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Child Sex Abuse Statute of Limitations Extended in New York

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New York Governor Andrew Cuomo signed legislation into law this week which greatly extends the time victims of child sex abuse have to bring lawsuits and criminal charges against their attackers. 

The new law, known as the Child Victims Act, was a campaign promise made by Cuomo, which allows child sex abuse victims to bring criminal charges against an abuser until the age of 28, and extends the statute of limitations for abuse lawsuits until the age of 55. The previous law required both criminal and civil claims to be filed by the age of 23 for any acts that allegedly occurred before the age of 18.

The legislation comes amid increasing awareness about the extent of clergy sex abuse cases that have occurred for decades, and other high-profile situations where abused children are not comfortable stepping forward until decades later.

Extending the statute of limitations for child sex abuse lawsuits was opposed by both Republicans and the Catholic Church. However, following the mid-term elections, Democrats gained enough power in the New York state legislature to push the bill through both houses last month.

“We are here today because survivors who endured unimaginable pain came forward with great courage and sacrificed their own privacy to make change for others,” Cuomo said in a press release. “This bill brings justice to people who were abused, and rights the wrongs that went unacknowledged and unpunished for too long. By signing this bill, we are saying nobody is above the law, that the cloak of authority is not impenetrable, and that if you violate the law, we will find out and you will be punished and justice will be done.”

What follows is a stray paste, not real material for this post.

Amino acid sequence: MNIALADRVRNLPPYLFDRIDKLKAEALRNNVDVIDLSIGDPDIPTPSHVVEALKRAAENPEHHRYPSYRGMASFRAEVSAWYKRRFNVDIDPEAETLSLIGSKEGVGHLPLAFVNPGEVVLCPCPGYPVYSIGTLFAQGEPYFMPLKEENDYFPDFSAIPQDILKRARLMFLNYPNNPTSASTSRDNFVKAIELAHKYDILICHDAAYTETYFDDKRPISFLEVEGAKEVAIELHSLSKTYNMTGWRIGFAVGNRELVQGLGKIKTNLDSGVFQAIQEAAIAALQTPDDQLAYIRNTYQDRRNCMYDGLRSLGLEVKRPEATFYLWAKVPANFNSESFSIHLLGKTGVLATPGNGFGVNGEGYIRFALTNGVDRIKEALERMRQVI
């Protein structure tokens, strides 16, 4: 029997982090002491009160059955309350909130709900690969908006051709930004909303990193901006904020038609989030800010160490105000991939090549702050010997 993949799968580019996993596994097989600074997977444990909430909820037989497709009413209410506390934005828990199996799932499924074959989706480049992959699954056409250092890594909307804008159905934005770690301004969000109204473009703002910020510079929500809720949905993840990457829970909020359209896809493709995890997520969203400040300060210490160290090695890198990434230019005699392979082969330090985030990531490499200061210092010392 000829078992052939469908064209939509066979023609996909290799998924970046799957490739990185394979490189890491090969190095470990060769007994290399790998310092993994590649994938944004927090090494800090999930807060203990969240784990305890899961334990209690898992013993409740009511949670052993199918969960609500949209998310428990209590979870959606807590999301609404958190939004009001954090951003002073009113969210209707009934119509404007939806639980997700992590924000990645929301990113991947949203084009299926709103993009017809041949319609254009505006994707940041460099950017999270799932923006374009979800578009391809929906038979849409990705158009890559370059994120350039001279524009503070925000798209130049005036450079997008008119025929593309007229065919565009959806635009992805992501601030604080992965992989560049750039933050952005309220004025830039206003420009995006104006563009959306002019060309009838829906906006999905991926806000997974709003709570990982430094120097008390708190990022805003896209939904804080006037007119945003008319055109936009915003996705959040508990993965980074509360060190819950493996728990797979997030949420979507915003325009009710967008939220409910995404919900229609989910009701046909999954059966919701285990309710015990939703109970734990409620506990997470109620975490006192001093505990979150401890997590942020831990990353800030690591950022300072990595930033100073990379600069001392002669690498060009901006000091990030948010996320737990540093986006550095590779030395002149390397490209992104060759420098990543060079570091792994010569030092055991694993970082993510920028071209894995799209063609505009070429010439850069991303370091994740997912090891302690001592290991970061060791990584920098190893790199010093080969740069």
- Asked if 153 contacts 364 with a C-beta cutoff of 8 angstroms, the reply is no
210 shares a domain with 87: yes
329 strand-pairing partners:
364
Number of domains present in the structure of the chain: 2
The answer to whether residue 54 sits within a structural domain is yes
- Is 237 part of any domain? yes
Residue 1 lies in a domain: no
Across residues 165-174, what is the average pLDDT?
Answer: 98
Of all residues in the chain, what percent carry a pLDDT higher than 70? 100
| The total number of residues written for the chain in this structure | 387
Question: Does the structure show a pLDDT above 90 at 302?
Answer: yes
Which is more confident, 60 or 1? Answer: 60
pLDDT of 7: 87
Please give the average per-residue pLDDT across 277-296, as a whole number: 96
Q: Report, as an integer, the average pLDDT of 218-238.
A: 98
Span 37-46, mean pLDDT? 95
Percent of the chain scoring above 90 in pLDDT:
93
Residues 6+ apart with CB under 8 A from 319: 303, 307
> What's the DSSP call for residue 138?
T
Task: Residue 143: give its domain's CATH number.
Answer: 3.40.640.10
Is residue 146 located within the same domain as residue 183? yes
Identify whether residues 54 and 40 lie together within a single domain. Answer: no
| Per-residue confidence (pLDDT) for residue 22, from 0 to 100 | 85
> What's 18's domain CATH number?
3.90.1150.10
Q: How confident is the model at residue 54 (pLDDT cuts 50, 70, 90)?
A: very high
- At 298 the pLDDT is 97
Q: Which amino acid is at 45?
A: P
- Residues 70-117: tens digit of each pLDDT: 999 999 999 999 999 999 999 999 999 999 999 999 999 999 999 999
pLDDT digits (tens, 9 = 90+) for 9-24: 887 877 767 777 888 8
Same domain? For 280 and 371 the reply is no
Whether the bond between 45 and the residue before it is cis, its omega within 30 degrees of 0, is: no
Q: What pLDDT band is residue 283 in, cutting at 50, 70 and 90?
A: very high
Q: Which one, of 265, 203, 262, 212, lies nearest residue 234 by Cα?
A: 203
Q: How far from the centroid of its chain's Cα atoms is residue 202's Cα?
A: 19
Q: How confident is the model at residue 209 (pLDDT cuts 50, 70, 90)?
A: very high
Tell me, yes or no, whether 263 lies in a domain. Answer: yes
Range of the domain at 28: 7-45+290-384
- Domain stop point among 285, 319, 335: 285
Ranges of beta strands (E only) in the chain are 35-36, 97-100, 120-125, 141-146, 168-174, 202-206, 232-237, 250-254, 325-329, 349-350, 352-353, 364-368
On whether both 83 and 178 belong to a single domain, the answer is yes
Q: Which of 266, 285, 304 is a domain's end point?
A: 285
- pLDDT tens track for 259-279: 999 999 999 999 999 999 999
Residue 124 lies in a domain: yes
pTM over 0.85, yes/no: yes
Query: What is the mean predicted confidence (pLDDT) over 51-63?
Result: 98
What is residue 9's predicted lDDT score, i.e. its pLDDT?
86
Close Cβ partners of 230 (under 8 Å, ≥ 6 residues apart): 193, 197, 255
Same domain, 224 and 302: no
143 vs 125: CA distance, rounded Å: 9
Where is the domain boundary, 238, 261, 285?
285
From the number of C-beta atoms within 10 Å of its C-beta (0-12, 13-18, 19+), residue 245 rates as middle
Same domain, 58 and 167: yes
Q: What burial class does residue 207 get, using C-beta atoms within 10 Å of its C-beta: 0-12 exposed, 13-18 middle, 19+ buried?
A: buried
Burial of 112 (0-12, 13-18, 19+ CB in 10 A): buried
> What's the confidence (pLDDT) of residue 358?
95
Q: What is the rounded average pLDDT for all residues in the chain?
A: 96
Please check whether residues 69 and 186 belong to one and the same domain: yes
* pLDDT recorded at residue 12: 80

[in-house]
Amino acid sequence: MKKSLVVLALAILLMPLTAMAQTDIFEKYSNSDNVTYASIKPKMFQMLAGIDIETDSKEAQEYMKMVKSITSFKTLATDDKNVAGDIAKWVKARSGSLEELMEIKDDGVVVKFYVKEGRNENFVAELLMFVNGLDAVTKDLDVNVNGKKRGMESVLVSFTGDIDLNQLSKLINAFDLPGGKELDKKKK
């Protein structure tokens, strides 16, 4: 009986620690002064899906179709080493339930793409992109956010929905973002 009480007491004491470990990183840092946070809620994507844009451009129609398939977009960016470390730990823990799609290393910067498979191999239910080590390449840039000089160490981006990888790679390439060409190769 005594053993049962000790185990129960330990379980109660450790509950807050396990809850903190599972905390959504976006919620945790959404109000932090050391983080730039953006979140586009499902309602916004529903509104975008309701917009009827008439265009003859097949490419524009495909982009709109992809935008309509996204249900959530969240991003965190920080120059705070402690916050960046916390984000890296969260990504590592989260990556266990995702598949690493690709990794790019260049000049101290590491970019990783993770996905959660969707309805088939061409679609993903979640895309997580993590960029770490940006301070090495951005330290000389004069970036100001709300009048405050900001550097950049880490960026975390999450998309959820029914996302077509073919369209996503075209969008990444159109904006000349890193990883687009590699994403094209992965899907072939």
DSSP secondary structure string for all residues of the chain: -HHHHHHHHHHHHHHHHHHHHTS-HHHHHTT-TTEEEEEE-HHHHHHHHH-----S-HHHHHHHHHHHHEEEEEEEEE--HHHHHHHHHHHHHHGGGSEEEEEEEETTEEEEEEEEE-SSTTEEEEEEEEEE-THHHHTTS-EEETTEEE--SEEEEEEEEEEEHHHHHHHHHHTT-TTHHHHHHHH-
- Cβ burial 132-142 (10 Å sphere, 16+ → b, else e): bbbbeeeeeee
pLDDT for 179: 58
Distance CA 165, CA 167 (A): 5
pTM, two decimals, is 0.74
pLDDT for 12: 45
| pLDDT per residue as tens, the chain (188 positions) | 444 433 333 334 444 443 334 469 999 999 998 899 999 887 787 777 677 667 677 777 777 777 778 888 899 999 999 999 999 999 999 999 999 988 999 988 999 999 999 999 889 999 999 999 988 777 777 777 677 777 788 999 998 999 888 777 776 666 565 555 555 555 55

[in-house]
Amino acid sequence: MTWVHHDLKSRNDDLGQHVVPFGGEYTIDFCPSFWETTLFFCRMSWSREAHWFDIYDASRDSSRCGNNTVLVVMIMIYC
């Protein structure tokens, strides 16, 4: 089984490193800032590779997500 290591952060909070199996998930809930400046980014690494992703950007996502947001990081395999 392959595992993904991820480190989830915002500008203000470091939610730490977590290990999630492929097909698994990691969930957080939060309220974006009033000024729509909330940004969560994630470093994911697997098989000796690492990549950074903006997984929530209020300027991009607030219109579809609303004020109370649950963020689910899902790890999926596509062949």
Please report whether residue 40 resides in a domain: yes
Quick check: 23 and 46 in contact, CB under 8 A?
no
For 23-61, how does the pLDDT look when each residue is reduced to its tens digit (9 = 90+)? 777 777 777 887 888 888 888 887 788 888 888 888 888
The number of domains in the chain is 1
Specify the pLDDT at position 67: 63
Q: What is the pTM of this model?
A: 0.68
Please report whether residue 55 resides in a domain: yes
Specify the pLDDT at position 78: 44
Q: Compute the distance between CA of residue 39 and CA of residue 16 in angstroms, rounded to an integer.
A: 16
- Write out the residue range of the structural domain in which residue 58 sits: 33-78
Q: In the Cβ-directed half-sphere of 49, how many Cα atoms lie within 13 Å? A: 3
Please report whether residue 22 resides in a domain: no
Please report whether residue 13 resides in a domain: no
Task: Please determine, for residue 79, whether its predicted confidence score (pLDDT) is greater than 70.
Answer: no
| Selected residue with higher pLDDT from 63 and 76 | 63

The new law is partially retroactive, allowing those who had previously filed claims that had been time-barred a one-year window to file charges. It also puts in place judicial training requirements for child sex abuse.

Most of the new law takes effect immediately, however there is a six-month delay on the provisions that allow previously time-barred cases to be refiled.

In recent months, a steady stream of new information about the widespread extent of sex abuse in the Catholic Church, raising awareness among victims that they are not alone in dealing with the effects of activity that occurred when they were a minor.

In August 2018, a grand jury report highlighted cases involving at least 90 Catholic priests accused of sex abuse in the Pittsburgh area, involving allegations and cover-ups that spanned decades.

That report indicated that the Catholic Church of Pennsylvania covered up abuse involving priests who abused more than 1,000 victims, mostly children, over the course of 70 years. After 90 of those priests were identified, it sparked investigations by the Justice Department and states’ attorneys general nationwide.

In addition, the Society of Jesus released a list of 50 Jesuit priests credibly accused of sexual assault on minors and vulnerable adults late last month, some of whom served in New York.

Last month, an attorney representing a number of victims announced that the Catholic Church had agreed to settle at least five sexual abuse lawsuits brought against a former priest in New Jersey.

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